(Above is an image of five people at a table, all reaching one hand in for a “high five”)
Okay, so literally no IEP meeting ever in the history of IEP meetings looked like this image. But I digress…
(By the way: IEP= Individualized Education Plan)
Oh my, IEP day. It’s almost as daunting as D-Day (diagnosis day), only we get to relive it every single year, with mid-year reviews just for fun. Because who doesn’t love big scary meetings on a biannual basis? <this is sarcasm>
On this particular day, we were meeting with the chairperson for the Committee for Special Education (CSE), the autism specialist, the school’s principal, speech therapist, school psychologist, occupational therapist, OT assistant, special education teacher, physical therapist, and Wonder Boy’s teacher. Add myself and my husband to that mix and you’ve got one really full table. That’s right- there were twelve of us at this meeting.
It’s really no wonder at all that parents and caregivers are completely overwhelmed by special education.
Let me start by saying that at every single one of these meetings (and we attend them for Speedy as well), I thank the team for being a part of Team Wonder Boy (and Team Speedy). This really sets the tone, and it means that his parents are the first to speak. This is a power move, make no mistake about it. I do this very deliberately, because I want the very first words to be positive.
Once all of the introductions have been made, which alone takes about 15 minutes because there are so many of us there, we hear first from the primary teacher. We are then asked whether the things she is seeing in the classroom are a good reflection of the boy we know and love at home. His teachers are incredible, and yes, the boy they see is the boy we know at home.
Next, each of the therapists and various other Highly Qualified Professionals reads from their notes about his progress and regressions, and we spend time discussing what his services should look like for the remainder of the school year.
Then the big news came: while his progress has been notable, he shows enough regression data (where they track how much he regresses during each school break) to qualify for a 12-month IEP. Wait, what?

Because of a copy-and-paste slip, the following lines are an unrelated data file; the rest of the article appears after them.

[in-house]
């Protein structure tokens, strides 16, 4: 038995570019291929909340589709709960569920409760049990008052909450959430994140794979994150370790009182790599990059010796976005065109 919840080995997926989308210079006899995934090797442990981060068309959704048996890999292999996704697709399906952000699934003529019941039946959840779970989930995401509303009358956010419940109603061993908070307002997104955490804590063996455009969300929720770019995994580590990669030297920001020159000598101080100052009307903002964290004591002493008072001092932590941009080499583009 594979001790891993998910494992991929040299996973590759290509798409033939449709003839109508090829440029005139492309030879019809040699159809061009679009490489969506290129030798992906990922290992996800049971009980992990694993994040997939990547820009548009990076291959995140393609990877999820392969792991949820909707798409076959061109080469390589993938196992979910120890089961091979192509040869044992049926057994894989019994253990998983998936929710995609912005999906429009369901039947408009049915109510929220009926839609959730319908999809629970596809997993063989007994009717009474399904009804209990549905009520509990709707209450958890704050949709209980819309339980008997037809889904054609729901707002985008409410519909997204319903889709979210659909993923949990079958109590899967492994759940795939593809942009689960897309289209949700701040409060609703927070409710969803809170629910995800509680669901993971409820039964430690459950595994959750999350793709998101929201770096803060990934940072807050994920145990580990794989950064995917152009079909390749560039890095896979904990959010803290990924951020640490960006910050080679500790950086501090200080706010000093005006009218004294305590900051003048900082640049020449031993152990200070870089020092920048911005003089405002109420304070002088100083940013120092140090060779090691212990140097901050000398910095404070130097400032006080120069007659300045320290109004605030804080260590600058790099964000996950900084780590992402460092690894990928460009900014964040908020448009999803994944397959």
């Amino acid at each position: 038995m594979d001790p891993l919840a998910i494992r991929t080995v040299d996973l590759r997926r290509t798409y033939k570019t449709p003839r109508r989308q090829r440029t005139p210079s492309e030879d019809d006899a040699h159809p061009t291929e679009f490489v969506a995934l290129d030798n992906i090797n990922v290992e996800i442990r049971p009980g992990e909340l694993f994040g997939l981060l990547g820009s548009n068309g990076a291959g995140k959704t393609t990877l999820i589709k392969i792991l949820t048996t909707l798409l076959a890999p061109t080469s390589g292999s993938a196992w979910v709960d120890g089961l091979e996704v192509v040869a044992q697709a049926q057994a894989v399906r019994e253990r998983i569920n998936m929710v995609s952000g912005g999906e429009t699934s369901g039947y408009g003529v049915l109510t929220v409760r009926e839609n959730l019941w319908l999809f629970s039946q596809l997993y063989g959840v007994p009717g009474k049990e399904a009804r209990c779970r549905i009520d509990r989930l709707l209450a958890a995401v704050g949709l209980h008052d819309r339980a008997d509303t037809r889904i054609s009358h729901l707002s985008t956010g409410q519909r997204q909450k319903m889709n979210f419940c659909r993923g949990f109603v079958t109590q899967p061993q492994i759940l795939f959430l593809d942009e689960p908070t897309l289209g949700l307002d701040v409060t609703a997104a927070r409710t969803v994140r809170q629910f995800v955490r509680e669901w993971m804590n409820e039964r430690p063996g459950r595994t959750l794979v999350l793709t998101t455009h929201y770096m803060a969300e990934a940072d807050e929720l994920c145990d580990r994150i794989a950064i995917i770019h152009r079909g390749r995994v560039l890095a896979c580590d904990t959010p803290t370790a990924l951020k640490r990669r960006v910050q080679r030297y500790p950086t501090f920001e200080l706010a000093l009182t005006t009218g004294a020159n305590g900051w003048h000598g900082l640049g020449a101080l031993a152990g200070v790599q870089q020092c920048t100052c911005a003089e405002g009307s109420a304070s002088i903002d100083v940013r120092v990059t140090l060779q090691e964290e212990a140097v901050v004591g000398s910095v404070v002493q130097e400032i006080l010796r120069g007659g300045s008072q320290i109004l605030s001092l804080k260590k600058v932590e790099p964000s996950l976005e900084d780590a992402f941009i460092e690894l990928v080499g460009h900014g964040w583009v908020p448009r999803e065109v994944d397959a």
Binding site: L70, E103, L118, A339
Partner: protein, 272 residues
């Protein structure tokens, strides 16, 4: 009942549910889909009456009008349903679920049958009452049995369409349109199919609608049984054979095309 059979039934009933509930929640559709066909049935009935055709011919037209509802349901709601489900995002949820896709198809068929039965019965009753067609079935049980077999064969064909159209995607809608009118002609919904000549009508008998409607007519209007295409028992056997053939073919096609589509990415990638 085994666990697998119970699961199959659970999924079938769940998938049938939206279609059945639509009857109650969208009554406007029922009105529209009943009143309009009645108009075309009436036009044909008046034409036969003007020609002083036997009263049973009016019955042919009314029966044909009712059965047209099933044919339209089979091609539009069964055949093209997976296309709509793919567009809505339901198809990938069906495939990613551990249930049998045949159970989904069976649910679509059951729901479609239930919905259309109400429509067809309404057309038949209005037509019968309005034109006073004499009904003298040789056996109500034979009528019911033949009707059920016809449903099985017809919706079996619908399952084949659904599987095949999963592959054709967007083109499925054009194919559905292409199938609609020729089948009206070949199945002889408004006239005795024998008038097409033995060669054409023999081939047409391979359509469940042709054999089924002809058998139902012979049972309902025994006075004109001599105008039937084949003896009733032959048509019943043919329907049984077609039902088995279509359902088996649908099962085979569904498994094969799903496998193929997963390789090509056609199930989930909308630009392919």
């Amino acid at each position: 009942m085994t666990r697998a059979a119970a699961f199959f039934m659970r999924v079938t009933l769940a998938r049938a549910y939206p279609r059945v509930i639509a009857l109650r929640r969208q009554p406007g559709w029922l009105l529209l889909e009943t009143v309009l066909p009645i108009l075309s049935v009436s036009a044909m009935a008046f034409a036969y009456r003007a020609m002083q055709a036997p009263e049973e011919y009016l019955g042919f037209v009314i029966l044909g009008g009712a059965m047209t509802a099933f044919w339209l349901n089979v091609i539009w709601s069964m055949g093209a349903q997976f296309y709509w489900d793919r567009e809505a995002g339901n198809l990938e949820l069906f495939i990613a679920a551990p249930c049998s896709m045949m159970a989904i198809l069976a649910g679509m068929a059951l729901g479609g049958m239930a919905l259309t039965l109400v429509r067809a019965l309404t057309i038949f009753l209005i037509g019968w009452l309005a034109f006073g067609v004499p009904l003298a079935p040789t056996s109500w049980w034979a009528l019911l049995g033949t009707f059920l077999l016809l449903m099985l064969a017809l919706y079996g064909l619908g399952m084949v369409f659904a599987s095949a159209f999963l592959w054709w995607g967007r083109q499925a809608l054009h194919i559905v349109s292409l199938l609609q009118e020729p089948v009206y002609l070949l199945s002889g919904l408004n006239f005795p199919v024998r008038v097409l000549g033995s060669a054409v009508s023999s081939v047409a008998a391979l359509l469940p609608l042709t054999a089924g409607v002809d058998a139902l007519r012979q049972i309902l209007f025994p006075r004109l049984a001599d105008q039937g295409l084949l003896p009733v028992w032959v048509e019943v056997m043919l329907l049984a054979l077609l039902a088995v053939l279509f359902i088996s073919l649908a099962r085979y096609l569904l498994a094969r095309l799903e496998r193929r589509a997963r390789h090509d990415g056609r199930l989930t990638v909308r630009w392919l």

My jaw hit the floor. I was truly not expecting to hear those words at all.
We were asked about the plans for the summer, and we explained that we’d found a great program for the boys for the summer. A camp with a 3-1 ratio of kids to counselors, one which works on skill building and allowing kids with disabilities to be kids first and foremost.
This was an epiphany moment for me- I realized that there’s something all special needs parents have in common. You learn, quite quickly, to protect your child’s services fiercely. They’re not always easy to come by, and in some cases are hard won. So when the CSE chair asks you whether you’re declining a service, you may be hard pressed to confirm. It took me a good five minutes, and a LOT of prodding on behalf of the CSE chair, to actually say out loud that we would decline summer services through the school district.
Another discovery came of that meeting. During the course of the meeting, the speech therapist talked about working with Wonder Boy on his social skills. I came right out and said that unless they could produce a child with a strong interest in all things narrated by David Attenborough, he really wouldn’t be interested in a social life.
I couldn’t have been more wrong.
It’s not easy for me to admit when I’m wrong, and I think that’s a fairly typical human trait. We enjoy being right, especially about our own offspring. I made an assumption that a lot of people do about autistic children- that they’re not interested in friendships. And this one really shocked me, because it’s not like me to go so astray on something like connecting with other people. But I did. And thank goodness for a therapist with a poker face, she didn’t call me out on my assumption.
My correction came a week or two later, when we had all gone to the park. Our two youngest boys were playing on the playground, and saw two children who were more or less the same ages. And something really beautiful happened- Within seconds, Wonder Boy walked up to the kids and in a way that only our special kids can, shouted his name in the face of one of the kids. He asked the name of the younger child, and then the boy’s older sister spent time teaching WB how to say her brother’s name. After some time playing together on the playground, Wonder Boy sat down at the picnic table with the girl and asked her questions about herself. He found out that she was a seven year old girl who had just moved into our neighborhood with her family. He started the conversation with her, and the two of them chatted as though they were a couple of middle-aged coworkers who happened to run into each other in the supermarket.
Let me take a moment here. HE started the conversation….
Wow. It wasn’t at all that he wasn’t interested in socializing, rather that he needed to be given the freedom to do it in his own time.
I was speechless, and was reminded immediately of something that I talk with families about when they seek help at work. These kids of ours are incredible tour guides. We work hard to prepare them for the next stages, and we provide them with a whole rainbow of services, and at the end of the day they have the ability to completely shock us with what they DO with all that information.
The thing that I’m taking away from all of this, and I hope you will too, is that we must see the potential. We must presume competence. And lastly, we must believe in ourselves and our children. They have beautiful things to teach us, if we just stop talking and let them.